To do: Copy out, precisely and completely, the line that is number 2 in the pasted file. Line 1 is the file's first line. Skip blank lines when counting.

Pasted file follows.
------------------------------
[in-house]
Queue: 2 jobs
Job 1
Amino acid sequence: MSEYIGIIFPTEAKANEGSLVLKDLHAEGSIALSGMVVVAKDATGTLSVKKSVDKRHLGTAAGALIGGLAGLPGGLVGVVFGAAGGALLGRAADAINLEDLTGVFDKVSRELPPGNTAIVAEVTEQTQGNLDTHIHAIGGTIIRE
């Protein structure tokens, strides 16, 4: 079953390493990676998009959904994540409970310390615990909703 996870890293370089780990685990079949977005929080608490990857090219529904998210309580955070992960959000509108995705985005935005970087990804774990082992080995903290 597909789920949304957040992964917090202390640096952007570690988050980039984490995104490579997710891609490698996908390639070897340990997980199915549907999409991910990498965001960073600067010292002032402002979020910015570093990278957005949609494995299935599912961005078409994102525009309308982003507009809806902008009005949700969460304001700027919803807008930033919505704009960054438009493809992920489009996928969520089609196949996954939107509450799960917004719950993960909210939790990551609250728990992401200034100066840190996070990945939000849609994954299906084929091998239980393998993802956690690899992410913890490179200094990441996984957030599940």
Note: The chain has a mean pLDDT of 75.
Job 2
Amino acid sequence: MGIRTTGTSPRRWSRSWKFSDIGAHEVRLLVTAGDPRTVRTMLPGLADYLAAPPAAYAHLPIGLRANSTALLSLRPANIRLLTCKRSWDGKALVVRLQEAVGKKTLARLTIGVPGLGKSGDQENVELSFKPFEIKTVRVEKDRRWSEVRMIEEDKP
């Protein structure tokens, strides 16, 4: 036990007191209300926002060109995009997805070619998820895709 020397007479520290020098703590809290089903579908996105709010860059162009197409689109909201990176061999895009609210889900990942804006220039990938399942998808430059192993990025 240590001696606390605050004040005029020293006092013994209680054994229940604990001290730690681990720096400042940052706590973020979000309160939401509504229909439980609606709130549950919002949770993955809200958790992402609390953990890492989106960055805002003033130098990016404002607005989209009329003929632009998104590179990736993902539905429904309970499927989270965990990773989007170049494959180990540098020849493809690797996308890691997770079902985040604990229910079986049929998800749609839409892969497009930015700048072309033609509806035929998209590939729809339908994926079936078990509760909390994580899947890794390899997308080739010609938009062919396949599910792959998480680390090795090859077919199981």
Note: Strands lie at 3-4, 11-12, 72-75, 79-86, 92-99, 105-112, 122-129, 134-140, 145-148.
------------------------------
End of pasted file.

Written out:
Queue: 2 jobs